Thursday, November 30, 2017

Broader political economy lessons of the tax bill

I have been assuming for some time now that some version of the horrible tax bill is bound to go through, probably within a week or two. After all, it is not as if any significant number of Congressional Republicans (and it would only take three of them in the Senate) appears to care in the slightest about how it would affect people other than their donors. Even the so-called "moderates" in the Senate, like Collins and Murkowski, readily accept "assurances" from Trump that they cannot be stupid enough to believe. They just want deniability or a fig leaf. I suspect the same holds for the supposed "budget hawks" such as Flake, whom I would guess - despite his not facing reelection - will ask no more of the "trigger" than that it qualify as a visible if irrelevant gesture. Likewise, while others have noted the significant remaining differences between the House and Senate bills, it's not as if anyone on either side actually cares enough about the substance, or real world effects, to let the bill die over mere trivialities such as whether 13 million people will lose their health insurance.

There may of course be political ramifications, such as electoral danger for House Republicans in blue states from repealing state and local income tax deductions (although the most electorally vulnerable may be freed to cast ineffectual votes against it). But the underlying theory is either pluto-populism - you buy enough support from the donors to unleash a blizzard of ads on racial and "cultural" issues - or else that, even if political payback is coming, you might as well do it while you can.

A broader lesson, beyond the mystery of why the Republican Party - it's not just Trump - seems to have completely rejected notions of responsible or informed governance, which did matter to its leaders in the 1980s - is that, at least when money has unchecked reign in politics, it causes the government's redistributive policy over time to have an anti-insurance feature.

Rising high-end inequality that has adverse social consequences for everyone else ought to trigger policies aimed at scaling it back. But instead, because it increases the relative political and economic power of those at the top, it is self-reinforcing. Greater high-end inequality triggers the adoption of policies that further increase high-end inequality, triggering the adoption of policies that still further increase high-end inequality. It's a positive feedback loop.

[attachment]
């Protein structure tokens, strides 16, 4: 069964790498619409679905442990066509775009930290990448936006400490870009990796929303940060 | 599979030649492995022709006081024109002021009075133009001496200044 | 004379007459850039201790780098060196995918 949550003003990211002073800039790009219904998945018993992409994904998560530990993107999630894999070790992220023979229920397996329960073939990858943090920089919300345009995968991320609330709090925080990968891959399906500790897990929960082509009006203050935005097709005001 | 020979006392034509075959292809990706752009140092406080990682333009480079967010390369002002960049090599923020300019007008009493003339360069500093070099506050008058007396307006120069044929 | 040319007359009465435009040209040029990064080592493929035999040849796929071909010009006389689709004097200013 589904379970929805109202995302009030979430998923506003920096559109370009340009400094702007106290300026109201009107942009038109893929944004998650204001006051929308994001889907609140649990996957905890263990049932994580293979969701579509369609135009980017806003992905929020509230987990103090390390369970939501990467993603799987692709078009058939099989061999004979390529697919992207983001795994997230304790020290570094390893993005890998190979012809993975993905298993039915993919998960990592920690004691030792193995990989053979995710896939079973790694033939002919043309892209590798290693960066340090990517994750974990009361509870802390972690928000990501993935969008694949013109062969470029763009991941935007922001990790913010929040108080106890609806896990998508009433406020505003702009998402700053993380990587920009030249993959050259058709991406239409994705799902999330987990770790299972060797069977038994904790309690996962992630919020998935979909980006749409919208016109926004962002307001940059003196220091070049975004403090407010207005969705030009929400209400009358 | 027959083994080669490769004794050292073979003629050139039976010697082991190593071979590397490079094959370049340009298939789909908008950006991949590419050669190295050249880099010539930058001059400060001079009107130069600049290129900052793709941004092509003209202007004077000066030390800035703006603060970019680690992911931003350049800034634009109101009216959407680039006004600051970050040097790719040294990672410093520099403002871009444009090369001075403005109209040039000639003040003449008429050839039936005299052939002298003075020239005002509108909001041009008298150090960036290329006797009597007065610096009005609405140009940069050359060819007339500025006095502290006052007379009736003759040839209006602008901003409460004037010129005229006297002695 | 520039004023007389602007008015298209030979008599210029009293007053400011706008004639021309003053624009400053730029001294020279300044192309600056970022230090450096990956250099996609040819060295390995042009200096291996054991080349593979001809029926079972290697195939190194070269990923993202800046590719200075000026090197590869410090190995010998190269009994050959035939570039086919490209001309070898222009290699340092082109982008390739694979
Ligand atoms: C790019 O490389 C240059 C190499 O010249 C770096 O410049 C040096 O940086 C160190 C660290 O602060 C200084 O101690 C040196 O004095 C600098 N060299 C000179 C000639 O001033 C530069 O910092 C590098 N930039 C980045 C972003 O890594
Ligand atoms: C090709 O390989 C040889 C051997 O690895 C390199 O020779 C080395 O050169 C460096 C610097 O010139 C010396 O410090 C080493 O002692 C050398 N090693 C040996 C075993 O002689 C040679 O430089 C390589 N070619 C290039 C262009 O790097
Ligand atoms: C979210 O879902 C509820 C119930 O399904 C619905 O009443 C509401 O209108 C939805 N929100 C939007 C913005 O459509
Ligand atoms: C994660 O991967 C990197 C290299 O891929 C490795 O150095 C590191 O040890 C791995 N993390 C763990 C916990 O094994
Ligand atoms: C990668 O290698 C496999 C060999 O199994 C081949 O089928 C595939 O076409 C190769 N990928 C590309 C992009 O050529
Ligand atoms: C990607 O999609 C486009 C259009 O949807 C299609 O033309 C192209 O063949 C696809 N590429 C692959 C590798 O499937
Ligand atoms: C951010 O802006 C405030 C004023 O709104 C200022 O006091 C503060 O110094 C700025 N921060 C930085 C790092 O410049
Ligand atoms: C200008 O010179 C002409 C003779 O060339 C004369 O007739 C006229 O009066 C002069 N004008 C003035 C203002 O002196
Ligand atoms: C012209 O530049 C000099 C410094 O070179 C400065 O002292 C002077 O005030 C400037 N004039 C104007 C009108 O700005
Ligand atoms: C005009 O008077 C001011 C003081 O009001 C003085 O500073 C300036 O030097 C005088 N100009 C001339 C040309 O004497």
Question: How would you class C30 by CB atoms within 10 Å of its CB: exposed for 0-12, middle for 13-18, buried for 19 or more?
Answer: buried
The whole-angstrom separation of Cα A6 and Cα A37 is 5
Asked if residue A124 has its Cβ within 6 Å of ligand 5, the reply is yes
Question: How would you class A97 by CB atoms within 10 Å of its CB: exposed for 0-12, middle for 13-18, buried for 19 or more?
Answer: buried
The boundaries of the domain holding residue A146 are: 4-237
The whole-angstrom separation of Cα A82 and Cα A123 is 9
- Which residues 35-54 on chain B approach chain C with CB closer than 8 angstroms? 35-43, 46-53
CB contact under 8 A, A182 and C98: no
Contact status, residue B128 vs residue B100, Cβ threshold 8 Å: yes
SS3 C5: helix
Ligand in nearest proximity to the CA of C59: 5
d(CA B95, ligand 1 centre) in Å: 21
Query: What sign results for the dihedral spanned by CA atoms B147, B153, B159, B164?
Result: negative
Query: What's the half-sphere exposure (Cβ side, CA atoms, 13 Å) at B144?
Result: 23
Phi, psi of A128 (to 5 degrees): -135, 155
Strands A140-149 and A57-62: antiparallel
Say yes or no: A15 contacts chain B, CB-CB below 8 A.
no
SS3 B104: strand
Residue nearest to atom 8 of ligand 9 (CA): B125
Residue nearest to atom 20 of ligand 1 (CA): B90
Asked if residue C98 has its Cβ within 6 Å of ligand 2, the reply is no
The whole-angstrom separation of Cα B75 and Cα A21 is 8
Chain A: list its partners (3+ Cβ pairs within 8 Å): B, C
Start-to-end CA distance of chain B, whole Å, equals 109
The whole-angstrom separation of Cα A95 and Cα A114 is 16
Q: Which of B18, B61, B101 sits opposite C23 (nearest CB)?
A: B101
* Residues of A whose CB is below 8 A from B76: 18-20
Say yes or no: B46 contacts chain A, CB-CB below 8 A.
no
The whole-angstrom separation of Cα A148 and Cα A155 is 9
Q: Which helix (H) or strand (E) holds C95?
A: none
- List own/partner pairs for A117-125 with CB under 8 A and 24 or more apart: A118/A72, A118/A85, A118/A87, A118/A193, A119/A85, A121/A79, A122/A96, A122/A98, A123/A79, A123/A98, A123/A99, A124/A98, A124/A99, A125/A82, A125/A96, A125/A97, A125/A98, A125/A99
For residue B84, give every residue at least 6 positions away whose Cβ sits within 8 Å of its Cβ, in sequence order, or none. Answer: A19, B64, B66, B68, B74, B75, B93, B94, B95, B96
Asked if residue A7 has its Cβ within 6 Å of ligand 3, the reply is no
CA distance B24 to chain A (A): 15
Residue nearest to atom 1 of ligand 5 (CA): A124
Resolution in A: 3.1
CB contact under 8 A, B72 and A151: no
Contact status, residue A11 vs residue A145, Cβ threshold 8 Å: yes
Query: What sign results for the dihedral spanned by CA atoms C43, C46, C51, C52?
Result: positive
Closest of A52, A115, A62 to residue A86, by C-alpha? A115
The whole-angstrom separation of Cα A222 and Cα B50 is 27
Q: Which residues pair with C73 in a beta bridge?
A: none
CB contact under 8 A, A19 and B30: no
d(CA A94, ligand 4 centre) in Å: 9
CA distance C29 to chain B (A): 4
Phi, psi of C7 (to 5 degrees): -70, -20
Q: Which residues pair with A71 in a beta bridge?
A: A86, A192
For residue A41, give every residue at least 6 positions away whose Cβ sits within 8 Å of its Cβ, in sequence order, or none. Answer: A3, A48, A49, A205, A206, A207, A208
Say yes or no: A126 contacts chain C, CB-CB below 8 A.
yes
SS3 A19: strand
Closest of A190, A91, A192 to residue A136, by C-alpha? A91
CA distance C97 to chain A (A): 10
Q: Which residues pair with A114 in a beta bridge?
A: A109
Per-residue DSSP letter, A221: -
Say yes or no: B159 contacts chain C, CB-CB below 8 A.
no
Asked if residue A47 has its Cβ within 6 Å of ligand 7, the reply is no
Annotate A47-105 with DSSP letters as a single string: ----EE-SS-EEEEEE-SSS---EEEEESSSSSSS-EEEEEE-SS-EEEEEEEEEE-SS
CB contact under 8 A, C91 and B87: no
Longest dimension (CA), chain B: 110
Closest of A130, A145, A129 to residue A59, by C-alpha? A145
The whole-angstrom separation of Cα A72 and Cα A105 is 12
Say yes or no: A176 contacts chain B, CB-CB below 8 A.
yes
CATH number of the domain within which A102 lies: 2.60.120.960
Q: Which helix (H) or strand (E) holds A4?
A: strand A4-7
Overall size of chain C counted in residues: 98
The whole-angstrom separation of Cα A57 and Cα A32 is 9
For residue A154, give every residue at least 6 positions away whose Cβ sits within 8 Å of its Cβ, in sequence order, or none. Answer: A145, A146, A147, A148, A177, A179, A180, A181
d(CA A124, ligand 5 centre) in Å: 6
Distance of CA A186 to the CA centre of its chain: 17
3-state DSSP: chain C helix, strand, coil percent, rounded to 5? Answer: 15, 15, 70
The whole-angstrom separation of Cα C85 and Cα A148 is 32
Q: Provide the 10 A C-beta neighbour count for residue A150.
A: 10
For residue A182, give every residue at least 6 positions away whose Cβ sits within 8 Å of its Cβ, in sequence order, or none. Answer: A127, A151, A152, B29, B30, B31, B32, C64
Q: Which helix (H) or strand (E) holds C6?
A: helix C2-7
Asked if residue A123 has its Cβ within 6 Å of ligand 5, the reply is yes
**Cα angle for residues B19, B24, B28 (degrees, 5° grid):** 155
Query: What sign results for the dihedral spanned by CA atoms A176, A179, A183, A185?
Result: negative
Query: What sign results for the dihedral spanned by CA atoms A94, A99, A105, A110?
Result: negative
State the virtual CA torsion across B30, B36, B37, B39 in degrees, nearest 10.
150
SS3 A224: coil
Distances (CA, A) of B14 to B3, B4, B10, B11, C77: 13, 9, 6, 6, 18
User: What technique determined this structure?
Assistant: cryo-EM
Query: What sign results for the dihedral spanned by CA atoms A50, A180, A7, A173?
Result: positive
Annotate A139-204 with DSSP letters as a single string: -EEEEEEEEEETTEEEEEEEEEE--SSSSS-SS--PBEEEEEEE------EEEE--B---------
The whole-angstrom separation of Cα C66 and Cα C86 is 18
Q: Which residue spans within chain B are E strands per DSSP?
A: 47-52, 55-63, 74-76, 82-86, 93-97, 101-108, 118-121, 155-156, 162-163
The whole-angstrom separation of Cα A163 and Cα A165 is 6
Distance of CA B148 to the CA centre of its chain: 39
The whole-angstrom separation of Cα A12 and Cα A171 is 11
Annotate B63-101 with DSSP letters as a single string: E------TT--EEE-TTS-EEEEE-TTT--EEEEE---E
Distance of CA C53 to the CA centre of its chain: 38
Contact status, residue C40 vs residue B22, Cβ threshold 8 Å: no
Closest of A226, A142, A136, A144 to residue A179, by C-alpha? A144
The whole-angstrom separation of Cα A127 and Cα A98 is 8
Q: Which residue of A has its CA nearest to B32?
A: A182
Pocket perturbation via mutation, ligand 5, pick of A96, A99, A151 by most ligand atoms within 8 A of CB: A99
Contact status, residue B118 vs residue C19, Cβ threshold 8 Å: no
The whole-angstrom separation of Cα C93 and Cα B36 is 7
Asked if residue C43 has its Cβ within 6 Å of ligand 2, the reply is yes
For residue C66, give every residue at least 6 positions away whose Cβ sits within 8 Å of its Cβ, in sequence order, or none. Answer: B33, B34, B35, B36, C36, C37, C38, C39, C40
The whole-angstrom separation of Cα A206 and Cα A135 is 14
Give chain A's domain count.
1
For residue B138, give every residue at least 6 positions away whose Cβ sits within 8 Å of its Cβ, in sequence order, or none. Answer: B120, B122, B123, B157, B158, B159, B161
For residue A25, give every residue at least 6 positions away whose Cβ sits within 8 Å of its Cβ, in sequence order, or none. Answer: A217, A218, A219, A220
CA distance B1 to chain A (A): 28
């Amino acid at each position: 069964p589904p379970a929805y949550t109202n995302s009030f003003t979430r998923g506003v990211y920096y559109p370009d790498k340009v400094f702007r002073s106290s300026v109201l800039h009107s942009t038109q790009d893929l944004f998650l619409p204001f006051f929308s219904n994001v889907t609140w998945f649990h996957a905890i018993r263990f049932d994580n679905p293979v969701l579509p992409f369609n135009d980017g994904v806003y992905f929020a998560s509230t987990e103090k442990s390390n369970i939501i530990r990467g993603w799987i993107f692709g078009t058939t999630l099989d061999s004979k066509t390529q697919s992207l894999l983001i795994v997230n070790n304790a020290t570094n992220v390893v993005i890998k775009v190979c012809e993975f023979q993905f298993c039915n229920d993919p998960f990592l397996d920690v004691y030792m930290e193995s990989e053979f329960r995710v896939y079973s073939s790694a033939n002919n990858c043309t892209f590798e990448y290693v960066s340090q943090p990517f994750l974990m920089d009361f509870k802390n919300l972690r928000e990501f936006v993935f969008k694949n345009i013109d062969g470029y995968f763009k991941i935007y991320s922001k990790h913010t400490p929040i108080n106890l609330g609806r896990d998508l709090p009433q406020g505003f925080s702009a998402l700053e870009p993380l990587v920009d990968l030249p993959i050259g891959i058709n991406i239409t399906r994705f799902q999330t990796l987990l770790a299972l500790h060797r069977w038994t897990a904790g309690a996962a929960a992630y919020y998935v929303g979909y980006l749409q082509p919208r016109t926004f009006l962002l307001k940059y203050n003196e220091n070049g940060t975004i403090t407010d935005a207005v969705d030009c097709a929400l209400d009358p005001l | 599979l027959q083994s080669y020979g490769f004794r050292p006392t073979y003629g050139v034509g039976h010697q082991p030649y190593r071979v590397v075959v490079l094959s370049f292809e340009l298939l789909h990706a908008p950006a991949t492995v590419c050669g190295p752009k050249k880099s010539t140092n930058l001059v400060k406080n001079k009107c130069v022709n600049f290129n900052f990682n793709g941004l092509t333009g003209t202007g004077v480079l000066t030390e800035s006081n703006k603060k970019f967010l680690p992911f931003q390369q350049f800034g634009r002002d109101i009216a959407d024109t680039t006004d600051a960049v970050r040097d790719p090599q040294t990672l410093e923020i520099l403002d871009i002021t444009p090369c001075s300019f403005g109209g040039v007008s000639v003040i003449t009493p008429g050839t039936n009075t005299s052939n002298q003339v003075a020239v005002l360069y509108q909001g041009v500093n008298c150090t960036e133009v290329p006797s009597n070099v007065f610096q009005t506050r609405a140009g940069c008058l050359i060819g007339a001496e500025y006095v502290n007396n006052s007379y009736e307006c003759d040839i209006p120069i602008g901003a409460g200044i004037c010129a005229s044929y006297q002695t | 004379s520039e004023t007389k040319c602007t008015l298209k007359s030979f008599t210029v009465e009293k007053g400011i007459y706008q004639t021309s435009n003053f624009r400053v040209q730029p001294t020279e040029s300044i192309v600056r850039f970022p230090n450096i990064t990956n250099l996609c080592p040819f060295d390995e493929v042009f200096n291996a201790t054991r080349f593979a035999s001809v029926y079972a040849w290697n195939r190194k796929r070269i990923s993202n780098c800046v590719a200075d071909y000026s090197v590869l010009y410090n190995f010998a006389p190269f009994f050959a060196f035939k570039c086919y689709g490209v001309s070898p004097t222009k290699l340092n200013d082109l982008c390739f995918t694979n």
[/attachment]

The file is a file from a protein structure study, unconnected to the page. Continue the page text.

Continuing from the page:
One further broader lesson is as follows. Political scientists for decades followed the so-called "rational voter" model, in which people voted in favor of their economic interests. But the model is basically false. One of its main problems (although there are many others) lies in the voting paradox. Given how unlikely it is that my vote would change the outcome, it would be decidedly irrational for me to spend any time figuring it out and voting that way. So even if I do vote, it must be for other reasons and reflect other impulses. To use a favorite illustration, how much time would you spend figuring out what is the best car for you to buy (if you're not inherently interested in cars) in the scenario where you had only one vote, among millions, with regard to which car you would actually get?

An important recent political science book, decisively rebutting the misnamed (because irrational) "rational choice" model of voting, is Christopher Achen's and Larry Bartels' Democracy for Realists: Why Elections Do Not Produce Responsive Government.

In such a world (i.e., our actual world), responsible governance depends less on voting, or on politicians' electoral self-interest as ostensible agents on behalf of their constituents, than on the ideology and value structure that the elites happen to have. Donors are obviously a big part of this, but not all - a lot, I think, lies in the mysterious black box realm that I will just call culture or values or sources of prestige because I don't have a more definite handle on it at present.

Thus, the fact, which I really don't understand and can't fully explain, that at least since 1994 Republican elites - though, obviously, not all conservative intellectuals - have increasingly and acceleratingly gone mad is at the core both of what ails us more broadly as a society, and of the apparent (I think) near certainty that a horrible, harmful, and recklessly irresponsible and sloppy and thoughtless tax bill is about to be enacted.

Of course, I could (I hope) be wrong about the tax bill, although not (I fear) about the rest.

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